Female Hairy Woodpecker at a hole of a pine tree.
Female Hairy Woodpecker

Like the Red-bellied woodpecker, Hairy woodpeckers are big fans of bird feeders, especially suet and black oil sunflower seeds. These birds are small though, so they do best with feeders that discourage large birds or squirrels. 

5. Downy Woodpecker

Comparison between Male (top) and Female (bottom) Downy Woodpeckers. Male has a red nape and is darker overall.
Male and Female Downy Woodpeckers
  • Downy Woodpecker Size: 5.5 to 7 inches 
  • Downy Woodpecker Diet: Mostly insects, along with nuts and berries
  • Where To Spot A Downy Woodpecker: Being the most common woodpecker in Michigan and North America, it’s safe to say you can see the Downy woodpecker anywhere there are large trees and a healthy amount of insects. 

We’ve seen the biggest woodpecker in Michigan, and now it’s time for the smallest! The Downy woodpecker is not only the smallest woodpecker in Michigan, but it is also the smallest woodpecker in the United States. 

These woodpeckers look similar to the Hairy woodpecker but are smaller and squatter than their larger cousins. They make up for their small size with how active they are. Downy woodpeckers are the type to skitter quickly around the tree trunk to find the perfect place to peck. 

Male Downy Woodpecker
Male Downy Woodpecker

They are black and white, with predominantly black wings broken up by white stripes and spots. Males have a patch of red on the back of their heads.

Seeing a Downy woodpecker isn’t too difficult, either. They are the most common woodpecker in Michigan and aren’t picky about where they frequent, often being seen at bird feeders, in gardens, in fields of weeds, and even in busy neighborhoods. 

6. Northern Flicker

Female Yellow-shafted Northern Flicker Woodpecker on tree branch.
Female Yellow-shafted Northern Flicker
  • Northern Flicker Size: 11 to 12 inches
  • Northern Flicker Diet: Ants and beetles, but can also be seen eating fruits and nuts.
  • Where To Spot A Northern Flicker: All over Michigan, but mainly in the Southern part of the state once temperatures begin to drop.

A woodpecker that looks subtle at first, the Northern Flicker is actually one of the only woodpeckers to have yellow in their plumage. Northern Flickers are brown and gray, with black markings that resemble polka dots and a shield-like marking on their chests.

Yellow-shafted Northern Flickers, as the name suggests, have shafts of yellow feathers in their tail plumage. Male Yellow-shafted Northern Flickers have black mustaches.

The yellow-shafted species of Northern Flickers are found in the Eastern US. Northern Flickers found in the West are called Red-shafted Northern Flickers and have red on their undertails instead of yellow.

Northern Flickers most closely resemble the Red-bellied woodpecker, but once you get a glimpse of the yellow on their wings and tail, you can rest assured that it’s a Northern Flicker that you’re observing. 

Northern Flickers aren’t big bird feeder fans, but if you plant plenty of bushes with berries, they might come by to say hi! These woodpeckers also love birdbaths and nesting boxes near bushes with berries from which a mated pair of Northern Flickers can eat.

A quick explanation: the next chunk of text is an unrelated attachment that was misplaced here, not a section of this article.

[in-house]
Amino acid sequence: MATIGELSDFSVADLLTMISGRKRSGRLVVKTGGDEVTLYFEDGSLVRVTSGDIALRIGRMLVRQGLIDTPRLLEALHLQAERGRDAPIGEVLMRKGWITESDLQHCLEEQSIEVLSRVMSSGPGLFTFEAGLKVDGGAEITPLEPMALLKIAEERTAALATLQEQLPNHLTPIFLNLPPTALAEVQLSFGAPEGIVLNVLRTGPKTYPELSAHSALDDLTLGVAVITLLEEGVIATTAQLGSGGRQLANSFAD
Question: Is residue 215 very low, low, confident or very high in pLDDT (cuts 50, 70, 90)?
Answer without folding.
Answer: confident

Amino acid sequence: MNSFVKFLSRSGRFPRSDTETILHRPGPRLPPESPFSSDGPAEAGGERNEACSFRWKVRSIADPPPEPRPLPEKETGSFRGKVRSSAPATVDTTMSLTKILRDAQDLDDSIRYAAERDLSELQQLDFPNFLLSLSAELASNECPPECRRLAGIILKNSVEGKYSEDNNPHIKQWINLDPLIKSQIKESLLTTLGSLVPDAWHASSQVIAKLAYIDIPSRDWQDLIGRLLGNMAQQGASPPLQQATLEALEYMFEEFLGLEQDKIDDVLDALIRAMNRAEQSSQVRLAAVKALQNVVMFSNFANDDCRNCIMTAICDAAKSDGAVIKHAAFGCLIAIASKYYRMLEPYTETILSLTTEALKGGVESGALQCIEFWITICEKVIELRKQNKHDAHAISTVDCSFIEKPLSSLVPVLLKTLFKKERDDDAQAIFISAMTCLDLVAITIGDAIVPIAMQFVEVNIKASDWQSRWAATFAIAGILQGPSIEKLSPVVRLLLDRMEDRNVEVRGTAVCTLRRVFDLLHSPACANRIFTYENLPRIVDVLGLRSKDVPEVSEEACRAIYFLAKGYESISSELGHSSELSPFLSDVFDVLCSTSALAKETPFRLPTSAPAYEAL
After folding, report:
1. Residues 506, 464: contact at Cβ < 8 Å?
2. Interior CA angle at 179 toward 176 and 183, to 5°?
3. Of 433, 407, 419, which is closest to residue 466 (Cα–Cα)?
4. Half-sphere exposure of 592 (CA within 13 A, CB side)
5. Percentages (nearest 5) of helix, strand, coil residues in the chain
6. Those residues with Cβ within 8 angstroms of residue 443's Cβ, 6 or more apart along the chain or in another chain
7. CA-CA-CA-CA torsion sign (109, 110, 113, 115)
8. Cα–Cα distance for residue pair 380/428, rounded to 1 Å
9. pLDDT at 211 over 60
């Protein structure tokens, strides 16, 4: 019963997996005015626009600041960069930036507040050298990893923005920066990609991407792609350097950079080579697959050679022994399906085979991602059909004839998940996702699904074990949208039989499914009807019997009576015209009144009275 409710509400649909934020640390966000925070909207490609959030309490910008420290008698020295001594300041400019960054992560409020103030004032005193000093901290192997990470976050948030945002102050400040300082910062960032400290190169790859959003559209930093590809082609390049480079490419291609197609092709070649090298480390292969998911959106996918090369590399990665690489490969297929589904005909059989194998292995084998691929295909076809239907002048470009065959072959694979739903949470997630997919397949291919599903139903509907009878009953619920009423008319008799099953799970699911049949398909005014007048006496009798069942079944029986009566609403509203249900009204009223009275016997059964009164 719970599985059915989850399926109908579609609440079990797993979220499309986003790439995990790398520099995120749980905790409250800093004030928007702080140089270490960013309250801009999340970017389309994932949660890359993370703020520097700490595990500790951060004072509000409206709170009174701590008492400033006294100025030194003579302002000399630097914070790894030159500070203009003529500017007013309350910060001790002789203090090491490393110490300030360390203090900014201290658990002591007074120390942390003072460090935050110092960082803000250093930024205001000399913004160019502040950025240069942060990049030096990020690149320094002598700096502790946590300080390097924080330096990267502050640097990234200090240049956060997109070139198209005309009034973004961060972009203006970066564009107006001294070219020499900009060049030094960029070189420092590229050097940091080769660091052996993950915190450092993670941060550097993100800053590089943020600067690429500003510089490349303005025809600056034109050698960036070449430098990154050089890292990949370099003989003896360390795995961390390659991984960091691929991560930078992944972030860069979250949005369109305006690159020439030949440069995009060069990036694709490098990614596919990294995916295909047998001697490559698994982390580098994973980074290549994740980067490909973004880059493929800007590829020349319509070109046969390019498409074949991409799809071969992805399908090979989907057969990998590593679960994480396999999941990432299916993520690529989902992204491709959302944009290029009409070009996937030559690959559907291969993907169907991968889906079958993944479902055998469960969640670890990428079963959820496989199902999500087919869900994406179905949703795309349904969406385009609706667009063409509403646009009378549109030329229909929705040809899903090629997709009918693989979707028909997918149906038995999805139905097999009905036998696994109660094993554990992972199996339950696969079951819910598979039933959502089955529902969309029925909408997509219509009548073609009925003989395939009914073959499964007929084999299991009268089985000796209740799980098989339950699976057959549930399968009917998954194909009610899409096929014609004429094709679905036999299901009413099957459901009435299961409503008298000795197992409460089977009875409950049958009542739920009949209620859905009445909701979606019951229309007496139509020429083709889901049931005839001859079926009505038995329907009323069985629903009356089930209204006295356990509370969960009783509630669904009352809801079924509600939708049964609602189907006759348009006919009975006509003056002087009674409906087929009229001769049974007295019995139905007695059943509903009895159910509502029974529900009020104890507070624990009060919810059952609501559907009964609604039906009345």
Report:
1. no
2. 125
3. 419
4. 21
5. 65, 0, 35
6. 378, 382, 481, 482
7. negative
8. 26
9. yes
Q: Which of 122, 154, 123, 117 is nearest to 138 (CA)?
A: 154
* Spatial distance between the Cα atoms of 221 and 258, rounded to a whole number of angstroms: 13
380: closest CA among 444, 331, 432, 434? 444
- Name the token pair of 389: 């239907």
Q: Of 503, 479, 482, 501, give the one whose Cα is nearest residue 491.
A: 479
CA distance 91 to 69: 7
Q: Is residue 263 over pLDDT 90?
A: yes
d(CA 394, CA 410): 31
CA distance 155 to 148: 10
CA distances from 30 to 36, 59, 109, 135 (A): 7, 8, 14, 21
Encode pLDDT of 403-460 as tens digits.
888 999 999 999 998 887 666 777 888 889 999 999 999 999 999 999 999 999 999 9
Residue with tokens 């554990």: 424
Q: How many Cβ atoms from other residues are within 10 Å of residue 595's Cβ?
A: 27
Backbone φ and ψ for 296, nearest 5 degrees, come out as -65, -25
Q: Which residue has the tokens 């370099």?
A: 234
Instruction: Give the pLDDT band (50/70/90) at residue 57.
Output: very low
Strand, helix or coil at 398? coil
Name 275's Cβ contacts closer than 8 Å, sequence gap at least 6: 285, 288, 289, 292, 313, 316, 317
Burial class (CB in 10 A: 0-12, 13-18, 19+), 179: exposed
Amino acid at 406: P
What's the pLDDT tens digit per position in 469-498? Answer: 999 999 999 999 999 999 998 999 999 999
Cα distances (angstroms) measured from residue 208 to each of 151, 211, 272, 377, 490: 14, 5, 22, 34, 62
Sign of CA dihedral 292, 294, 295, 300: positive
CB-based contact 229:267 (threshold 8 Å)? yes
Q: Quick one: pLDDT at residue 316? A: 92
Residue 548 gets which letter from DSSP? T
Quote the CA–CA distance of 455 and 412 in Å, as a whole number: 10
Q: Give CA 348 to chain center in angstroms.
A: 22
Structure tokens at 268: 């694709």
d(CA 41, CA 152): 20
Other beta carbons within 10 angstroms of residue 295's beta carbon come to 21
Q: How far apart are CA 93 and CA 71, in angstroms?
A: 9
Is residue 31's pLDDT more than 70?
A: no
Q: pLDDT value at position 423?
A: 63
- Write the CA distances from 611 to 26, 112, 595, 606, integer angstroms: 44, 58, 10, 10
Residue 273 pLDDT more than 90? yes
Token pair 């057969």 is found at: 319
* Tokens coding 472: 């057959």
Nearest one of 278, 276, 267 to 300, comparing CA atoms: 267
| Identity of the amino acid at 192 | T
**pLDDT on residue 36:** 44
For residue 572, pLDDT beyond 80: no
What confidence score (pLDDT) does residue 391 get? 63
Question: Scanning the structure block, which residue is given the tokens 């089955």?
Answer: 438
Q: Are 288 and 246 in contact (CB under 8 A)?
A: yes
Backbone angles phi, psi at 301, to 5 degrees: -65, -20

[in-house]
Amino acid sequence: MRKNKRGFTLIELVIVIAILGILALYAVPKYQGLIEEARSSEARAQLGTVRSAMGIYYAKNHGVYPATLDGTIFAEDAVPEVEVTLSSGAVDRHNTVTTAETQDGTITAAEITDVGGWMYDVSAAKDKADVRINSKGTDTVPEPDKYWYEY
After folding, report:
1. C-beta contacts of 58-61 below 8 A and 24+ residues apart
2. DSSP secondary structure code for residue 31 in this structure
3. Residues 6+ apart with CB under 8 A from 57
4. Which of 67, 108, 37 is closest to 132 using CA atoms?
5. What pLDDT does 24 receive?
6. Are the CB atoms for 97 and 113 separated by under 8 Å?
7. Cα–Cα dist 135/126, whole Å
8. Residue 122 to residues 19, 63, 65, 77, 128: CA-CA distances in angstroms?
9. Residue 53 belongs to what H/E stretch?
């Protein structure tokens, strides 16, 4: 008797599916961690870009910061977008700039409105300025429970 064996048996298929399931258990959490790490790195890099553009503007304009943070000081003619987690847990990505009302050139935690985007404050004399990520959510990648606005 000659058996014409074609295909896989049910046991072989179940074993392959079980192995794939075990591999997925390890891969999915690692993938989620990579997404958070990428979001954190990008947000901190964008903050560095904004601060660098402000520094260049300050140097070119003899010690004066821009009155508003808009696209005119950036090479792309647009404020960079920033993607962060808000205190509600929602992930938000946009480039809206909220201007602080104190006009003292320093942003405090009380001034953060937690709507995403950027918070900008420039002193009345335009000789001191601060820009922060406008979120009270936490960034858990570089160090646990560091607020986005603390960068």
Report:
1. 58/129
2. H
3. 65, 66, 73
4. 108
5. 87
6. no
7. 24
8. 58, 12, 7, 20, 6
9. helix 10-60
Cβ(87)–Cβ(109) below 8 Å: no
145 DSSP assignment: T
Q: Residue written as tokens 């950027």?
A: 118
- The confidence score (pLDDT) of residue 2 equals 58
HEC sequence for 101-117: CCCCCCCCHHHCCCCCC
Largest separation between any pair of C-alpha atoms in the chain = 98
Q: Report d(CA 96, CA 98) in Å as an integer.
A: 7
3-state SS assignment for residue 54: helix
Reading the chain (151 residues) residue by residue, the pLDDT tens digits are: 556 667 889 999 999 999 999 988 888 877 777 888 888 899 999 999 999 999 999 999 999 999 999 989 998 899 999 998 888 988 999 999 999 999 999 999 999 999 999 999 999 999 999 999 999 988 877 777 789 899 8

7. Yellow-Bellied Sapsucker

Male Yellow-bellied Sapsucker Woodpecker perching on a tree branch
Male Yellow-bellied Sapsucker Woodpecker
  • Yellow-Bellied Sapsucker Size: 7 to 9 inches
  • Yellow-Bellied Sapsucker Diet: Tree sap from birch, hickory, or maple trees
  • Where To Spot A Yellow-Bellied Sapsucker: Yellow-bellied Sapsuckers don’t live in Michigan full time and will fly South for the winter, but during the summer, you can see them in the northern part of the state. 

Small with brush-tipped tongues, the Yellow-bellied Sapsucker is a woodpecker with a unique diet. Yellow-bellied Sapsuckers will use this brush-tipped tongue to extract sap from trees, especially birch, hickory, and maple trees. Like the Northern Flicker, the Yellow-bellied Sapsucker has yellow in their feathers and usually on their chests and bellies. 

Female Yellow-bellied Sapsucker Woodpecker on tree.
Female Yellow-bellied Sapsucker

Yellow-bellied Sapsuckers are on the smaller side and are black with spots of red on the forehead. Males have a red throat while the female throat is white. They have mottled black and white chests, and a small, powerful beak used to get down to the sap even in large trees. 

8. Black-Backed Woodpecker

Male Black-backed Woodpecker and young.
Male Black-backed Woodpecker and young.
  • Black-Backed Woodpecker Size: 9 to 10 inches
  • Black-Backed Woodpecker Diet: Larvae of wood-boring beetles, mostly from recently burned trees. 
  • Where To Spot A Black-backed Woodpecker: In burnt-out forests, normally in Northern Michigan around Lake Michigan.

The rarest woodpecker to see in Michigan is also the last on our list. The Black-backed Woodpecker isn’t looking to visit a bird feeder, or even a healthy forest, because the Black-backed woodpecker resides in recently burnt forests. 

Black-bellied woodpeckers prefer this charred environment because it is the home to their favorite food: a wood-boring beetle and its larvae.

These unique woodpeckers are almost all black, with males having a yellow crown on their heads, as well as white bellies on both the males and the females. 

Unlike some woodpeckers that return to the same nesting site year after year, the Black-backed woodpecker drills a new whole for each egg-laying season, and smaller birds like finches can use their empty nests and boreholes as secure egg-laying locations. 

Woodpeckers in Michigan: Final Thoughts

We’ve learned that each Michigan woodpecker species has its own unique plumage, diet, and behaviors. While some woodpeckers are more common than others, all play an important role in Michigan’s forests and ecosystems.

If you want to attract woodpeckers and other Michigan birds to your home, be sure to plant plenty of bushes with berries or hang a suet bird feeder. You might just be lucky enough to see one of these amazing creatures up close!